Take some of your tinder and stick it into holes in your stack of kindling. It’s usually best to find three or four spots on different sides. Then use matches or a lighter to light it. Allow the flame to spread to the kindling.
You can then add more kindling and slowly add larger logs, too. Don’t go too quickly, or you’ll smother the fire. As long as the fire is burning, you don’t have to worry about preserving the teepee shape.
Alternative Ways To Spark Your Fire
There are some alternative ways to get your fire started. They can make the whole process easier!
We don’t recommend charcoal lighter fluid, though. Even for barbecuing, it’s not usually necessary. Use it only as a last resort.
Never, ever, spray lighter fluid on a lit fire – the whole stream can catch fire, right up to your hand!
Electric fire starters are easy to use and effective. They are the simplest alternative, too. They replace your tinder and get the fire started in a few minutes by lighting it from their steel tube. You do need a place to plug it in. Don’t walk away, either, because you’ll want to remove it once the flame catches.
For a fire pit, it’s also possible to install a gas lighter in the base. That means you’ll need a fuel line. If you have natural gas in your house, you may be able to tap into this. Or you could use an LP tank. However, local laws often restrict how you can use these outdoors, so be sure to check.
Keeping It Going
To stay lit, you’ll need to keep your fire well-fueled. As long as the flames are burning well, you can add larger pieces. If things start to die down, some more kindling may be necessary.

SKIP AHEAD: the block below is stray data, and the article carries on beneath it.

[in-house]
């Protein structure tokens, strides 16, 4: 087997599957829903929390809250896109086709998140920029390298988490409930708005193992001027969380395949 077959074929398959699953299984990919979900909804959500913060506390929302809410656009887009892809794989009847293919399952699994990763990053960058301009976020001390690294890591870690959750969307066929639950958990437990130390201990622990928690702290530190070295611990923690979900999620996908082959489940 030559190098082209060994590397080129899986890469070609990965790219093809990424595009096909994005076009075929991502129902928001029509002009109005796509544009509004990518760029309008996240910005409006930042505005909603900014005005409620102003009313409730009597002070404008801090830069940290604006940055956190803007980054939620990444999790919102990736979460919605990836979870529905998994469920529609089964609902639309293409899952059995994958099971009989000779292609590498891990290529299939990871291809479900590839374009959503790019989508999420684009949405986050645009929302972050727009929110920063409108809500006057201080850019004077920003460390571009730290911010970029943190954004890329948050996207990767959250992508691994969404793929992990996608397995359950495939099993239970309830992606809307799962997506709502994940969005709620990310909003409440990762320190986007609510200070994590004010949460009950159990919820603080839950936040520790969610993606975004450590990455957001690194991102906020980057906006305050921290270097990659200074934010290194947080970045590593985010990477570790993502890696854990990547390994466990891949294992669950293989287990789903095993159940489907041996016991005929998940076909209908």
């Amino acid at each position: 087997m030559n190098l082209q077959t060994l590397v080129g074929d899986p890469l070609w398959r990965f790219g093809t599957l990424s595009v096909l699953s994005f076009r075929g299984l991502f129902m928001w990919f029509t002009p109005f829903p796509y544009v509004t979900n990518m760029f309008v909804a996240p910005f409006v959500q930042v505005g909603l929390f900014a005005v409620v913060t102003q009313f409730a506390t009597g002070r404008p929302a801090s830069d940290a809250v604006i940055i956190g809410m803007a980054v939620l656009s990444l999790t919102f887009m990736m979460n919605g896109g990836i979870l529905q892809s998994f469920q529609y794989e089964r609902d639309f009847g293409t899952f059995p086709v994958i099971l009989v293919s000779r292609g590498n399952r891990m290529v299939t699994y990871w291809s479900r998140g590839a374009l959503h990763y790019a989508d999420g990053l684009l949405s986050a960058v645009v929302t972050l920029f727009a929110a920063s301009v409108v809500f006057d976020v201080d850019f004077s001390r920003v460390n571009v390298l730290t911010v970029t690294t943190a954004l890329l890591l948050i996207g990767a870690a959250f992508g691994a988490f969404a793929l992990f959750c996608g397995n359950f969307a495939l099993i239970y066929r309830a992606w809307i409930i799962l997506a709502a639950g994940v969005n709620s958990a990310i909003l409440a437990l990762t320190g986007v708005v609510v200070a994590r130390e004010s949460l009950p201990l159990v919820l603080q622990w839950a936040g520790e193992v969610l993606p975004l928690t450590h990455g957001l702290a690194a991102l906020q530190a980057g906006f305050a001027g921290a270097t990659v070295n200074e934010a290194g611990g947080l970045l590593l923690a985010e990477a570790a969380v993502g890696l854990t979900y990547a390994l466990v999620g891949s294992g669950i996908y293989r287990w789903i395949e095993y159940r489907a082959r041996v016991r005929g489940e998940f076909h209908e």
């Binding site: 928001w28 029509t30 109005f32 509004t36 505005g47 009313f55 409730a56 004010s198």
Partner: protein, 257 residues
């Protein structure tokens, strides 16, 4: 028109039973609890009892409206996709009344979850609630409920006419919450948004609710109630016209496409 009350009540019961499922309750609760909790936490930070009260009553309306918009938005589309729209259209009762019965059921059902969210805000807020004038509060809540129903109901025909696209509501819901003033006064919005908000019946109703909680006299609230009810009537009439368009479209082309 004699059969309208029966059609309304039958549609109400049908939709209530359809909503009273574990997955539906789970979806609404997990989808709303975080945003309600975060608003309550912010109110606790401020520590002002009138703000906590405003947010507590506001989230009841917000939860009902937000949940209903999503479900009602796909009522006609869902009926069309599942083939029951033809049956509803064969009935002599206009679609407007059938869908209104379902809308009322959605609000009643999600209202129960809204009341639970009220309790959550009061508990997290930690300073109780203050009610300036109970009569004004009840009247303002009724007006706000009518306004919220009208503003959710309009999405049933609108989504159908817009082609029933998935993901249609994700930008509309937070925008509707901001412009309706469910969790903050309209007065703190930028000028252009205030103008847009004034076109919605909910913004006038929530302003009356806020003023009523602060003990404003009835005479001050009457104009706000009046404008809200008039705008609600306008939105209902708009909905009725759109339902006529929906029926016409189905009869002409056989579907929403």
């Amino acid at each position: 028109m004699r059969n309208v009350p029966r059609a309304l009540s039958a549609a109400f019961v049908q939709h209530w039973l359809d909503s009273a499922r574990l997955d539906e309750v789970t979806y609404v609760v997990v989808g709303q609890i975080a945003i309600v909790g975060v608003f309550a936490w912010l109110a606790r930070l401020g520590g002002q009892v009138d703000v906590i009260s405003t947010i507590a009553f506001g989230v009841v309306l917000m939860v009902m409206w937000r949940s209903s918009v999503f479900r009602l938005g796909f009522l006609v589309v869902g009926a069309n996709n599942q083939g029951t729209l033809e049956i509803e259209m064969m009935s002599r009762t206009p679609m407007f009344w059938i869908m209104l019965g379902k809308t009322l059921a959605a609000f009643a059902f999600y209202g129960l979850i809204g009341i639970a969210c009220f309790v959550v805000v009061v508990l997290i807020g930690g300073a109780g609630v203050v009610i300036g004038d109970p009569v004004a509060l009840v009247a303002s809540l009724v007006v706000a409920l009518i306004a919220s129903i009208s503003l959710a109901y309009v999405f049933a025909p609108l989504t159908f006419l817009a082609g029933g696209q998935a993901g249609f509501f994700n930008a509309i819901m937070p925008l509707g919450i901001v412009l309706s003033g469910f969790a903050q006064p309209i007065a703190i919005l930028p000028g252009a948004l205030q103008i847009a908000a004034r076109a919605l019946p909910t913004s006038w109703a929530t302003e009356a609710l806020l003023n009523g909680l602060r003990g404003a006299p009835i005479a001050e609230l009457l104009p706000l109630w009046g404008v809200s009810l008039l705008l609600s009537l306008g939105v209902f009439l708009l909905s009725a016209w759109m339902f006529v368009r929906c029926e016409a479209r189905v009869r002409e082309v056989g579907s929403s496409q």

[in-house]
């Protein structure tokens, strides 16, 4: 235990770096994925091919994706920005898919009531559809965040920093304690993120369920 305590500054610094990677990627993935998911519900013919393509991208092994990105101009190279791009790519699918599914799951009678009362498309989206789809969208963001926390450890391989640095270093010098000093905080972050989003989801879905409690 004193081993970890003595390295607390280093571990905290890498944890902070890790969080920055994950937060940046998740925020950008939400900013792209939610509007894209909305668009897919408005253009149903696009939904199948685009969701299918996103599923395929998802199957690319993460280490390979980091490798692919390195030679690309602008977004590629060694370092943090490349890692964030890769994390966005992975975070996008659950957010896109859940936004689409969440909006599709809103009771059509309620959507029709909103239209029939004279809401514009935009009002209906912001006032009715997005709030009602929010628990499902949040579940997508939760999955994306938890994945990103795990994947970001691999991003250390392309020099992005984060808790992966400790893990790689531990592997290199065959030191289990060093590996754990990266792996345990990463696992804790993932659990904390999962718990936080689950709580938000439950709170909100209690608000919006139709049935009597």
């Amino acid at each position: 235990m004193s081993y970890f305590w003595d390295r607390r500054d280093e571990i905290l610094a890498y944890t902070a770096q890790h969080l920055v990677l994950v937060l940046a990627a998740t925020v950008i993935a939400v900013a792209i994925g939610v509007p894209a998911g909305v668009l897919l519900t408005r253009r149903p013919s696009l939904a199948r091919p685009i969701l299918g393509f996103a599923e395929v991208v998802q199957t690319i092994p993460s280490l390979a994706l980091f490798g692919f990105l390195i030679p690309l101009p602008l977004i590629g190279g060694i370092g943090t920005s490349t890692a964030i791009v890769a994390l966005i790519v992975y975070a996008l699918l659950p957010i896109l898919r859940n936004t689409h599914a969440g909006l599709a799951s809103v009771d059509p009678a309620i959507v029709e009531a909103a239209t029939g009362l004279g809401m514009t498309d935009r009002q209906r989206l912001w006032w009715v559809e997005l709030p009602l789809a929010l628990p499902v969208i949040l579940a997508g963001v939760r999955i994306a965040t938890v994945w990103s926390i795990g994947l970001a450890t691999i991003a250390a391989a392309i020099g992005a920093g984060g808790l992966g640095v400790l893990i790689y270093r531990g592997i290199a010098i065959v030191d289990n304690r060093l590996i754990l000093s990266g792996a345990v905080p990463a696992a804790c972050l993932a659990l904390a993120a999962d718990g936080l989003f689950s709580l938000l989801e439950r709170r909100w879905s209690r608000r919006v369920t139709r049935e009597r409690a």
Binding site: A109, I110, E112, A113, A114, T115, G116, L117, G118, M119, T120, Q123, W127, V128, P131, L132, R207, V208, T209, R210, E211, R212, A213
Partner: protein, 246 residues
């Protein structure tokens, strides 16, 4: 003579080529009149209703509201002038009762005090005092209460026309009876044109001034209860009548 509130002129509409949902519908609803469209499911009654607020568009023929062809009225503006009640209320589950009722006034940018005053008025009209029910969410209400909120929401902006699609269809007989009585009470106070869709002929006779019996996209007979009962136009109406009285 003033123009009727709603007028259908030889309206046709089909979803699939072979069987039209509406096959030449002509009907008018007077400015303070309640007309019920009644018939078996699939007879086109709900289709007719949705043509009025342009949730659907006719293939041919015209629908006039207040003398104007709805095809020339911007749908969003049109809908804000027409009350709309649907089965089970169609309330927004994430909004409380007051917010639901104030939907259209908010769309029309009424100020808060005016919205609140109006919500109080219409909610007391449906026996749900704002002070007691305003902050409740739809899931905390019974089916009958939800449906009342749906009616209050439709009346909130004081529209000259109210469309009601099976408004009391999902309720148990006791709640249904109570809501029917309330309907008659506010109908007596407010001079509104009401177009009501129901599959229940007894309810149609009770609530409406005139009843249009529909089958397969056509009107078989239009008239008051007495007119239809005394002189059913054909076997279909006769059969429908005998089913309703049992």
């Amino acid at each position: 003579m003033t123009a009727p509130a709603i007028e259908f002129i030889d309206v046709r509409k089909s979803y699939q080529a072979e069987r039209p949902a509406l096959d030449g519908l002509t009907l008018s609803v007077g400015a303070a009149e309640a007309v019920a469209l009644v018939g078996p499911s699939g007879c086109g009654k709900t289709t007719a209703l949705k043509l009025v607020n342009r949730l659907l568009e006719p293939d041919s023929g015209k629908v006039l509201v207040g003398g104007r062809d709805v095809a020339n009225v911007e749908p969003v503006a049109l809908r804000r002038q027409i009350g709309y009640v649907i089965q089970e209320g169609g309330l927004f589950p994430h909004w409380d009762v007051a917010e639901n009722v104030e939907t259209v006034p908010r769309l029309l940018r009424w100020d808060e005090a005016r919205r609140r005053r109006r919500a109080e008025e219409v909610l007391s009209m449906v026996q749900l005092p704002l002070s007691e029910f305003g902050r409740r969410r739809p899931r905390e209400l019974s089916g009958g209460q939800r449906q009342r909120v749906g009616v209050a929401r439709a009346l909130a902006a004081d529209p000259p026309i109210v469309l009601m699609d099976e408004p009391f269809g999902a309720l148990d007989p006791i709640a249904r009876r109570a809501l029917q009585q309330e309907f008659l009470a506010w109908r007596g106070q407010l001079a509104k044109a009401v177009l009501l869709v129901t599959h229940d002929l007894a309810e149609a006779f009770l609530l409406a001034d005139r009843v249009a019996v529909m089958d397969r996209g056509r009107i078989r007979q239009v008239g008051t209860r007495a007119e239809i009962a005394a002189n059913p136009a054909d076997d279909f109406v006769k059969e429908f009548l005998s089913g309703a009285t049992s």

If you want to keep the fire going, you only need to give it more fuel. The only consideration is to be sure not to overpower the flames. A little patience goes a long way! With a roaring fire, you can add larger pieces than if it’s a low flame.
Be careful when adding wood after the fire has started. The pieces already in the pit will shift unexpectedly. It can toss off sparks and embers that can burn you or start a fire outside the fire pit.
Putting It Out
Speaking of sparks and embers, be sure to keep a bucket of water or a hose nearby in case something does catch fire outside the designated area.
But as long as the fire stays where it belongs, it’s best to let it burn out on its own.
Don’t forget that hot, burning embers can remain underneath the ash on the surface. Use a bow rake to mix the remains of the fire so that these embers come to the surface and die out.
You should check a fire several times to confirm it’s going out, including the morning after. If you are in a rush and need to leave, though, you can pour water on it. Be sure to pour it slowly and mix the water in with a rake. However, this can leave a sticky, heavy mess that you’ll have to clean up later.
The joy of having a fire pit is, of course, having a roaring fire in it! But getting the fire started can be a bit of a challenge if you’ve never done it before. Remember to go slowly and build up to the heavier logs! Always be careful, too, so that you can enjoy it with your friends and family for years to come.